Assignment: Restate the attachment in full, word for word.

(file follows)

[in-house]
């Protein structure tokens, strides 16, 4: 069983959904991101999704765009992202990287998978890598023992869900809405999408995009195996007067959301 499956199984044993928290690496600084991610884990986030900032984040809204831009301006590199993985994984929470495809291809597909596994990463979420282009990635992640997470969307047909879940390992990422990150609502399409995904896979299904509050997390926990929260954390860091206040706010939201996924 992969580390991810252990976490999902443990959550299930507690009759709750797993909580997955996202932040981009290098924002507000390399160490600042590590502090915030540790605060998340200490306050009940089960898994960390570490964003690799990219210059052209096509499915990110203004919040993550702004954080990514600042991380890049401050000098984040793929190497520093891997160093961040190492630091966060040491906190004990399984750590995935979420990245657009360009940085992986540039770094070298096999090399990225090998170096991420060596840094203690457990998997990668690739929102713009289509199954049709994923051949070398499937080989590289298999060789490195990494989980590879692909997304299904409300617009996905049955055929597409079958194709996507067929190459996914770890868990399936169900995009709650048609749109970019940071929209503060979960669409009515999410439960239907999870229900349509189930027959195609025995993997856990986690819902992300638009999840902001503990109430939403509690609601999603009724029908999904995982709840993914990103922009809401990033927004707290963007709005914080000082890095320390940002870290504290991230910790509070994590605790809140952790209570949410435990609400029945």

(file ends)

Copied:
[in-house]
């Protein structure tokens, strides 16, 4: 069983959904991101999704765009992202990287998978890598023992869900809405999408995009195996007067959301 499956199984044993928290690496600084991610884990986030900032984040809204831009301006590199993985994984929470495809291809597909596994990463979420282009990635992640997470969307047909879940390992990422990150609502399409995904896979299904509050997390926990929260954390860091206040706010939201996924 992969580390991810252990976490999902443990959550299930507690009759709750797993909580997955996202932040981009290098924002507000390399160490600042590590502090915030540790605060998340200490306050009940089960898994960390570490964003690799990219210059052209096509499915990110203004919040993550702004954080990514600042991380890049401050000098984040793929190497520093891997160093961040190492630091966060040491906190004990399984750590995935979420990245657009360009940085992986540039770094070298096999090399990225090998170096991420060596840094203690457990998997990668690739929102713009289509199954049709994923051949070398499937080989590289298999060789490195990494989980590879692909997304299904409300617009996905049955055929597409079958194709996507067929190459996914770890868990399936169900995009709650048609749109970019940071929209503060979960669409009515999410439960239907999870229900349509189930027959195609025995993997856990986690819902992300638009999840902001503990109430939403509690609601999603009724029908999904995982709840993914990103922009809401990033927004707290963007709005914080000082890095320390940002870290504290991230910790509070994590605790809140952790209570949410435990609400029945």